Tattershall

Tattershall. We were posted to RAF Coningsby but managed to both live off base in the next-door village of Tattershall and also in quarters on the “Castlefields” estate. We loved it here, which is probably why we only stayed for a tad under 2 years. Castlefields was so called because looming up over us was a great big fuck-off Norman castle. Everyone should grow up with a great big fuck-off Norman castle half a minute’s walk away.

Leeming_2

Slight discontinuity: can’t show you RAF Cottesmore, our next stop, although Google can show you a bunch of JTs with wooden rifles and acne trying to look stern at the gates to the camp. So instead, here’s a house we lived in at Leeming. We lived at Leeming when I was born – my parents met there by accident the day after my dad got his decree absolute and my mum started in a new Mess, leading to both being early to work by some 3 hours (him because he set his alarm wrong whilst drunk, her because they played a joke on the newbie and told her it opened at 5 rather than 8). Then we lived elsewhere (see map), then we were given the option of going to Scotland or coming back to Leeming. We all said we wanted to live in Scotland, so my dad put in for and got a posting to Leeming.

There was a waiting list for quarters. We waited for about a million years in Cottesmore, packed and ready to go and at each others’ throats for the entire time. The original idea was we’d live at RAF Church Fenton, then RAF Dishforth, then RAF Leeming, moving quarter as the waiting list declined. And schools too. So we waited in Cottesmore. Then we lived in this two bedroomed house for six months and I slept in the living room and then in what I think was the airing cupboard. My pet gerbil died here.

Leeming_3

Then we moved to the house over the road. This, they said, was a four-bedroom house. My two bedrooms were each the size of the box my recent plasma TV came in. Plus one of them was 7 inches shorter floor-to-ceiling than the other – quality housebuilding.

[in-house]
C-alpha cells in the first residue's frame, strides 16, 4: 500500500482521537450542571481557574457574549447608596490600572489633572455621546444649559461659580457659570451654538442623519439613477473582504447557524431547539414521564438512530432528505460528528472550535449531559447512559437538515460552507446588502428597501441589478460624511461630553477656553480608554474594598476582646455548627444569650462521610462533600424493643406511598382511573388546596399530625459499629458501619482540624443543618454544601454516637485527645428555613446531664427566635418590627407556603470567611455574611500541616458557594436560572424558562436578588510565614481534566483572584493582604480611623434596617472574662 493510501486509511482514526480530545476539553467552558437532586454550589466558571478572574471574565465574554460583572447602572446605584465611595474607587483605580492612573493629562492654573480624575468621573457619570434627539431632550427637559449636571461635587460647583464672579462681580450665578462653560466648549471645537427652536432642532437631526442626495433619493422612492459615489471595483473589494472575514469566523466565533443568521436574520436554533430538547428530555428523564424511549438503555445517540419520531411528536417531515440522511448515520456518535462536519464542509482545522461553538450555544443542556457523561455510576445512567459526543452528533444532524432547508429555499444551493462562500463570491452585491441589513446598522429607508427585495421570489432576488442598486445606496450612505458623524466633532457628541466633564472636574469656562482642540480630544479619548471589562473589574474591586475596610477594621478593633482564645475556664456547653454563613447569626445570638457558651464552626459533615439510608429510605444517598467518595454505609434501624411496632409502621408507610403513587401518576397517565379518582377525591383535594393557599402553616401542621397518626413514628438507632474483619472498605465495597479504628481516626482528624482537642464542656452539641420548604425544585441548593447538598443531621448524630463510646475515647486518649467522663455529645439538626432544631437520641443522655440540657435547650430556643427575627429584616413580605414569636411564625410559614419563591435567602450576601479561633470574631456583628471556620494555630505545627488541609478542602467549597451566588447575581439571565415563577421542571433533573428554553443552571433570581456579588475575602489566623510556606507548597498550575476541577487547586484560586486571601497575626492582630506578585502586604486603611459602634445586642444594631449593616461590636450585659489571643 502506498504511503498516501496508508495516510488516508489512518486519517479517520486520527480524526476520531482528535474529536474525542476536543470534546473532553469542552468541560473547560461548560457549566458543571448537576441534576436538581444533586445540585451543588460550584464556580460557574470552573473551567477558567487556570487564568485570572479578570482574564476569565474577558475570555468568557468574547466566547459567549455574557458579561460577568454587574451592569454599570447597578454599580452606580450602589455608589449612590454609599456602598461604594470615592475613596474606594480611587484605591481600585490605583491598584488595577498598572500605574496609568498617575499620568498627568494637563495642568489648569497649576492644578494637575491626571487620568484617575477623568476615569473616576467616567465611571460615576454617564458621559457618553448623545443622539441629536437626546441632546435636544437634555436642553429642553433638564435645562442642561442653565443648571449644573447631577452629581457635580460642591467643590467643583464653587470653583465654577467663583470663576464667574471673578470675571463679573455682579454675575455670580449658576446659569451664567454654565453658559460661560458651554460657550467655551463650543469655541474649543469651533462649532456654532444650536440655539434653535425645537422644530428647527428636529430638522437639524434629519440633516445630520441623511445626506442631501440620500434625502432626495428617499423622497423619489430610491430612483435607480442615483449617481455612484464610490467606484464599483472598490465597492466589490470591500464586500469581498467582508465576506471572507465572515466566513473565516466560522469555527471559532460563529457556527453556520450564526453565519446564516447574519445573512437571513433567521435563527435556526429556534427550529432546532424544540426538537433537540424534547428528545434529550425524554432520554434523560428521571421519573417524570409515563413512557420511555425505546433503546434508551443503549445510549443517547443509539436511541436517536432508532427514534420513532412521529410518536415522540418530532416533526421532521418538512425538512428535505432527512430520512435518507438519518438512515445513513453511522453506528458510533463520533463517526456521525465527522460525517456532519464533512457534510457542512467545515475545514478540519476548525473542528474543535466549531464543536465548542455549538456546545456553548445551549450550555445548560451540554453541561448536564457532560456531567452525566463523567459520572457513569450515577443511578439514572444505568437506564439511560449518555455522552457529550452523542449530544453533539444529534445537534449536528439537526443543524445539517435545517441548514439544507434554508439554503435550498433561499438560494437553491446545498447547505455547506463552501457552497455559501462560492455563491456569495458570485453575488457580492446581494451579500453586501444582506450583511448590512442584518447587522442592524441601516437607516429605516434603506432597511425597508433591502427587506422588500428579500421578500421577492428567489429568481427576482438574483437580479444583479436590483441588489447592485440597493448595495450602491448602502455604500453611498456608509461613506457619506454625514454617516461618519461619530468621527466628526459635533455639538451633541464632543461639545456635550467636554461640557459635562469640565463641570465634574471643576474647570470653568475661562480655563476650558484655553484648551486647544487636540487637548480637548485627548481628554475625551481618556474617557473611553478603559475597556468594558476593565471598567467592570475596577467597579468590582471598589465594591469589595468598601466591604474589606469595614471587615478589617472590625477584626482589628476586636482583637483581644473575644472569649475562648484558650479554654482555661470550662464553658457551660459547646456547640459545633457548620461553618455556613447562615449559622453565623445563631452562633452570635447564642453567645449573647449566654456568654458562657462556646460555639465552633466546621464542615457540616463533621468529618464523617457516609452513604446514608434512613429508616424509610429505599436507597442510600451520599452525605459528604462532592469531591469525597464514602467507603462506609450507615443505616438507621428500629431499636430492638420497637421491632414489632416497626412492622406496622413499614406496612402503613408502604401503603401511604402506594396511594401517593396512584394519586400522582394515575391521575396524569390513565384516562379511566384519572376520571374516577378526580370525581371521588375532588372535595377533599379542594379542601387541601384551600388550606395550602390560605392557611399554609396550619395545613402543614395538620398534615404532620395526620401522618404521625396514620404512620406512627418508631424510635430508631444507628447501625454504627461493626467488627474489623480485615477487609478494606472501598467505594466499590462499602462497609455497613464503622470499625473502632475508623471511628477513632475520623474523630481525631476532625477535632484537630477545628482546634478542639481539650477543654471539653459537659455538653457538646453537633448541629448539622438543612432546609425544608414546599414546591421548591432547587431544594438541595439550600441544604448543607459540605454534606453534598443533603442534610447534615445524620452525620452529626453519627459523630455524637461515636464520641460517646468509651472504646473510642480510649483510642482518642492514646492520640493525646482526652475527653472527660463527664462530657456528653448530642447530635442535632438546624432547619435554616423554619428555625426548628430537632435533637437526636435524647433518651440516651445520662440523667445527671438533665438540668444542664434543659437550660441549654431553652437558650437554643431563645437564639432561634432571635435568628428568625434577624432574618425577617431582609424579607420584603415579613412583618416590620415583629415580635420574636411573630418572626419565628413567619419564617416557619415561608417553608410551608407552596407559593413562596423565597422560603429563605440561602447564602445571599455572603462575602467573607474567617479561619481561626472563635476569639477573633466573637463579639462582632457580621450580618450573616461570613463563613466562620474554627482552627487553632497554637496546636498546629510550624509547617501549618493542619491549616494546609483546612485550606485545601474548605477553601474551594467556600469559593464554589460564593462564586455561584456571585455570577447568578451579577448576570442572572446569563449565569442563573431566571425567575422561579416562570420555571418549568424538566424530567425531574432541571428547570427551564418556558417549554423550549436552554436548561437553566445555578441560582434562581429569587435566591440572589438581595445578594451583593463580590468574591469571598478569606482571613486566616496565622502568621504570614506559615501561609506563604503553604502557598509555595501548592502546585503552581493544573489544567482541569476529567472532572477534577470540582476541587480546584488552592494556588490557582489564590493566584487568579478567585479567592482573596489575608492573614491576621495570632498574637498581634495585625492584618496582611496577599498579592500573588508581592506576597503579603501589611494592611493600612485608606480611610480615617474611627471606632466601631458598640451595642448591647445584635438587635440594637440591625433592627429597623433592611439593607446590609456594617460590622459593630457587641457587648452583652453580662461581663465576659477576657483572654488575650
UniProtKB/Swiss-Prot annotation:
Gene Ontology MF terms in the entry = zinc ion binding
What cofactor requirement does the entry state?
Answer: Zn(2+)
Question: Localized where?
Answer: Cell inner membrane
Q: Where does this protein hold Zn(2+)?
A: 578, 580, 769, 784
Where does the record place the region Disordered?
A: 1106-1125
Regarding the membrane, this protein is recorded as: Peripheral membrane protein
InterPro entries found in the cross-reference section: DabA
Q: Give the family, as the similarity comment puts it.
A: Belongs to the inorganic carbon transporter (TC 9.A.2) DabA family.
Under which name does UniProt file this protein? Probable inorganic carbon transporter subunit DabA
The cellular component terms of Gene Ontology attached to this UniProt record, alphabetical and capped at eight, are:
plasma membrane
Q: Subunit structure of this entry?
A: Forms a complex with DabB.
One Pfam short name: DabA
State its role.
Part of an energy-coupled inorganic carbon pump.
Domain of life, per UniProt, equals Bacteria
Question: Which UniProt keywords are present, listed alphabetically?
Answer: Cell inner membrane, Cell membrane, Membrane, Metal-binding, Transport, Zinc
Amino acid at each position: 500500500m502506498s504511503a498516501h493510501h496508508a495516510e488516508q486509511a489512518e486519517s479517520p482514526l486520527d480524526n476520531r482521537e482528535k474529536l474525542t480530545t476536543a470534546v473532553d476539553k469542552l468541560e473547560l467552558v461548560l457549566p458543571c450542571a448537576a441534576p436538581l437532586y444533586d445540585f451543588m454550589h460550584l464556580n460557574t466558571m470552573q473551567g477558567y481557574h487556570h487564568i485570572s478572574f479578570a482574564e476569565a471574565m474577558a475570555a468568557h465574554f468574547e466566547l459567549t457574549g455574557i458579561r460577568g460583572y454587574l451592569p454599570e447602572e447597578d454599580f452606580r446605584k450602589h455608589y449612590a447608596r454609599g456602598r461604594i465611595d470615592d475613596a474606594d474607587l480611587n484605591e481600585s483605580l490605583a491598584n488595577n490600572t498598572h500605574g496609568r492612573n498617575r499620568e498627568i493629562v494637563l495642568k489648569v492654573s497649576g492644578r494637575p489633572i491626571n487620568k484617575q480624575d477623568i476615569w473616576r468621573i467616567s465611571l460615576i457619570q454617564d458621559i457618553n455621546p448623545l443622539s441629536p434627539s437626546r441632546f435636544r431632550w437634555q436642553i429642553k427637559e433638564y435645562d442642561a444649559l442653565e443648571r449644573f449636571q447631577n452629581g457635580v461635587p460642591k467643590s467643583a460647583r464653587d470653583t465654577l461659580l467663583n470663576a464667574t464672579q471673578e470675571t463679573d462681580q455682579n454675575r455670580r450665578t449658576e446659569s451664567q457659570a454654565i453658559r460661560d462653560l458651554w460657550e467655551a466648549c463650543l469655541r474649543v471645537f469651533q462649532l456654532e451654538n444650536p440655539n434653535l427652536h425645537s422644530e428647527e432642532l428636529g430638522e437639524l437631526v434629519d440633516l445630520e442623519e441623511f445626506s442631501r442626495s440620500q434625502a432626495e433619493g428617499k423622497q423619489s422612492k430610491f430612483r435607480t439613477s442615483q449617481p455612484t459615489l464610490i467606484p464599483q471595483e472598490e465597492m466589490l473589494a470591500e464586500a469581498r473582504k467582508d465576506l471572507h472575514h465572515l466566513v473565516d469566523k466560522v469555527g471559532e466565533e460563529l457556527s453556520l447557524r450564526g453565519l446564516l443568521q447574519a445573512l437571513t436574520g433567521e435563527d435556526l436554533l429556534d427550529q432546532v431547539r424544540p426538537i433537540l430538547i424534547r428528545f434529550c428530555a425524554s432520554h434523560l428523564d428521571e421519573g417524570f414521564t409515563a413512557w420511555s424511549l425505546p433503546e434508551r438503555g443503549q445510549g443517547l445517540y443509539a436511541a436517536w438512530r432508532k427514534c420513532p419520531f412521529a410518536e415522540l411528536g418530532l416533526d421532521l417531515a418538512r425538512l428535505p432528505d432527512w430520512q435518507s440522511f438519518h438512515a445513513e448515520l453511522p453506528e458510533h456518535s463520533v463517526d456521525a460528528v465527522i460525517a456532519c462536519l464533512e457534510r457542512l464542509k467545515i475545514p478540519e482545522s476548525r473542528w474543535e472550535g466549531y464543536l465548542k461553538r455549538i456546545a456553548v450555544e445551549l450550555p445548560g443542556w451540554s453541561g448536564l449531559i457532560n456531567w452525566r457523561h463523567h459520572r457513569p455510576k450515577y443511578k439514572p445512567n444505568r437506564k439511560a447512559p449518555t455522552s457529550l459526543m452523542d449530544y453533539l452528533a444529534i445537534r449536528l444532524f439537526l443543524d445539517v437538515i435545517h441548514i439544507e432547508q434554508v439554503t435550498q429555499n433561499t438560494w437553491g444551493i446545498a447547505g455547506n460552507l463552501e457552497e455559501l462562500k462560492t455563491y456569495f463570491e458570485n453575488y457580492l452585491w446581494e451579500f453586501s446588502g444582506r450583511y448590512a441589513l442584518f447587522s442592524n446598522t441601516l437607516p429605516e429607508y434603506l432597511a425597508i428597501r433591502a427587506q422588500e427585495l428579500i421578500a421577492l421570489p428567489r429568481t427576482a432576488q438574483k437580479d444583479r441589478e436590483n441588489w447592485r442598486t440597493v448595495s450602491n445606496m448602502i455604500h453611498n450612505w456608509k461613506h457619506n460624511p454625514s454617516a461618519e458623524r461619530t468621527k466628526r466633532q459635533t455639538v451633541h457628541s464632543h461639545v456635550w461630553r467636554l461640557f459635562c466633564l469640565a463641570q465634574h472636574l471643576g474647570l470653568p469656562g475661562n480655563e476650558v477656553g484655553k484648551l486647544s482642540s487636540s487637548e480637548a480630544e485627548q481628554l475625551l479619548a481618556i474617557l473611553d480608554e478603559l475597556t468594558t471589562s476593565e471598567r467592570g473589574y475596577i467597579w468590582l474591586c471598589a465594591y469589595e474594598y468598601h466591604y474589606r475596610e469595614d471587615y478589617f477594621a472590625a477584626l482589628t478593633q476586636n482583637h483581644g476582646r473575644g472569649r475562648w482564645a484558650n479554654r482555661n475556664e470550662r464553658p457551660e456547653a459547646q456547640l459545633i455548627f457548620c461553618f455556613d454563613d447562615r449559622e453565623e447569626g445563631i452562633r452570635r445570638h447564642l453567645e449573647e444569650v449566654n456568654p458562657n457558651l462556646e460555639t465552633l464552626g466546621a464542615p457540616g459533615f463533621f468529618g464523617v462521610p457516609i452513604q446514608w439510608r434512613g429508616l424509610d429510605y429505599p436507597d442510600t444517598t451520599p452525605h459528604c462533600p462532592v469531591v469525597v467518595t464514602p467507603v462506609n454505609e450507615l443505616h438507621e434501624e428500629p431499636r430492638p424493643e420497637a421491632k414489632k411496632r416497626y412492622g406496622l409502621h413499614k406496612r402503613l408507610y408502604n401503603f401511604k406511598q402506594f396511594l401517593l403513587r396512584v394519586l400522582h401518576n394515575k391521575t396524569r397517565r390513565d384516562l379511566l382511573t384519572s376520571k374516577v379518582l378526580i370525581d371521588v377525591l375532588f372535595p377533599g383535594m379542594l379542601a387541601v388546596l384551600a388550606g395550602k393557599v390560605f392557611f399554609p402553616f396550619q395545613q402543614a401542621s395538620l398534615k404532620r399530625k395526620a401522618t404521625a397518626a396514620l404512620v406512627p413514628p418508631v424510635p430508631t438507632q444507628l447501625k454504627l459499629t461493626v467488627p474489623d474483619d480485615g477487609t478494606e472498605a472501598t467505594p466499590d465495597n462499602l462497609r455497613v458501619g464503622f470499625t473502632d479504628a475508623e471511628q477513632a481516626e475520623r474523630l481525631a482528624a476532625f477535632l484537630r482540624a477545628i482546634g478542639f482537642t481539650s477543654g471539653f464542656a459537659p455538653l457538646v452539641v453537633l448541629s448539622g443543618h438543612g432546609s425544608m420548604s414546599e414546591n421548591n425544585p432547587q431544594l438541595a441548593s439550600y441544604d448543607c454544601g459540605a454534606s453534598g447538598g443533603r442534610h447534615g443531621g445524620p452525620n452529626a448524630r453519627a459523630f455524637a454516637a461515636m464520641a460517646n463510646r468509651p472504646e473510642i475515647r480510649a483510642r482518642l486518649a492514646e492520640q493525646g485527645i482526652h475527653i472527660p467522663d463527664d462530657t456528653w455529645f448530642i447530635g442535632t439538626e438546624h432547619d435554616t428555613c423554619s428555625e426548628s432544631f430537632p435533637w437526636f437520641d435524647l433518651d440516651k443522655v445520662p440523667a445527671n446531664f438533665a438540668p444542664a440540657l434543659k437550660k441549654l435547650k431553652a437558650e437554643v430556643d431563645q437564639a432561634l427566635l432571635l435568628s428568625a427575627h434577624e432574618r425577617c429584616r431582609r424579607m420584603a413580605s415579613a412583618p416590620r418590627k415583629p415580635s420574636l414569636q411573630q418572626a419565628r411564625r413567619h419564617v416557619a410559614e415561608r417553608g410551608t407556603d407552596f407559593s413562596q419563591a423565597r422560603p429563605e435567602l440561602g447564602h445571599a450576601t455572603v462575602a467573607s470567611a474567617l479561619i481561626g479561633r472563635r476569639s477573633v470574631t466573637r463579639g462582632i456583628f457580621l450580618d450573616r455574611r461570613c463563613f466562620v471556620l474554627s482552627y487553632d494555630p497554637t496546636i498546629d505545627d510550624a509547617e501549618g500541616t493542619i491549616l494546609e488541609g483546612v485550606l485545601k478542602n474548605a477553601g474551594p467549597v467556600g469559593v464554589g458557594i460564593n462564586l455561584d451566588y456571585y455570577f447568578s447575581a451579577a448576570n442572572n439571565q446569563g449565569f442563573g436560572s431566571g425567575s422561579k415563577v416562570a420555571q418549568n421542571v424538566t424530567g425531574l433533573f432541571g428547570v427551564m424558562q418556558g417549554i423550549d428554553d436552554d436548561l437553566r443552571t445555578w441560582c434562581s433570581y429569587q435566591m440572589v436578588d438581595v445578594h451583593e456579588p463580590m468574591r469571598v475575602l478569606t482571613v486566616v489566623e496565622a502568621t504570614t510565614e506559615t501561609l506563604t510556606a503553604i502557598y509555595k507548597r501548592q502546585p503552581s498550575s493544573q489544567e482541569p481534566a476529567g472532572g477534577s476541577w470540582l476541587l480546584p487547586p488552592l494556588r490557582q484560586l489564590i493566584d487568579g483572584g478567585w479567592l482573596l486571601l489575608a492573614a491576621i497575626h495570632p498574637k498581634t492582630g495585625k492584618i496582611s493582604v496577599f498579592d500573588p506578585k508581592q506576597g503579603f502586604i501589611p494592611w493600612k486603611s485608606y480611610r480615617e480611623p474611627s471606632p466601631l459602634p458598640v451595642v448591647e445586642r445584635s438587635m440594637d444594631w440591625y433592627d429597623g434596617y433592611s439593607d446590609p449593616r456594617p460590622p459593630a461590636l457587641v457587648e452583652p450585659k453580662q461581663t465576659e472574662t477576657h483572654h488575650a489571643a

Middlesbrough

I think this is where I lived when I left home. I was mostly drunk, stoned and cold whilst there so I’m not sure. I remember getting burgled here. The insurance company wouldn’t acknowledge that I was insured – they wouldn’t even respond to my letters let alone send a claim form – but with luck everyone who worked there drowned in a freak boiling water accident.

Northallerton

When I left home, my parents took the opportunity to retire and move house whilst I was away. They moved here, then later (after I’d got the address from a mutual friend*) I mov
ed here too so I could be unhappy in company. I was that kind of teenager. (*possibly not true)

York

Later – much later – I left home again and moved here. It has changed since then – specifically I’m not sure how I’d get into the flat any more. The flat was huge and I really liked it, although it suffered from (a) heating up like a baker’s oven in the summer, (b) the alarm on Costcutters ringing at stupid times, sometimes all night, and (c) my sister moving her boyfriend in with me and her boyfriend quickly moving me out. I was stood on the pavement at one in the morning, my sister having locked the door behind me, hoping my then-boyfriend would let me move in. He did.

Knaresborough

This is where I moved to. I chose the paint that’s on the garage and front doors. That’s Graham’s car that I chose with him. In the window, the light is his fish tank.

He’s dead now. Someday I’ll write about that whole business. Not today.

Mum1

I moved back in with my mum. You’ve seen the house earlier. So this is her, caught on Google Streetview the day they took the picture of her house.

Mum2

There she is again! Blissfully unaware of the big Google van with its big Google camera on a big Google pole sticking out of the big Google roof. Her neighbours spotted her on Streetview first. She still doesn’t remember the van.

Wirral

And this is where I live now with the ball-and-chain. You can see the back of my Mac in my office window. I’ve checked the rest of that day’s Googling of the town and, from the posters in the windows of the shops, can tell you with some amusement that I had moved into this house less than 4 days before Google took the picture. Quite possibly the same day or the day before. That bush still needs pruning.

A tour around the ether

I’m an Air Force brat – both my parents were in the RAF when they met, although my mum left to have me. This meant I moved house somewhere between every two and every three years between being born and leaving home at 16.

The main result of this merry dance (known as “being posted”) was I grew up with a fine understanding of the regional nature of British television before Mrs Thatcher wrecked it. Every time we moved, more or less, there was a new local news programme from the BBC and a new ITV logo to see.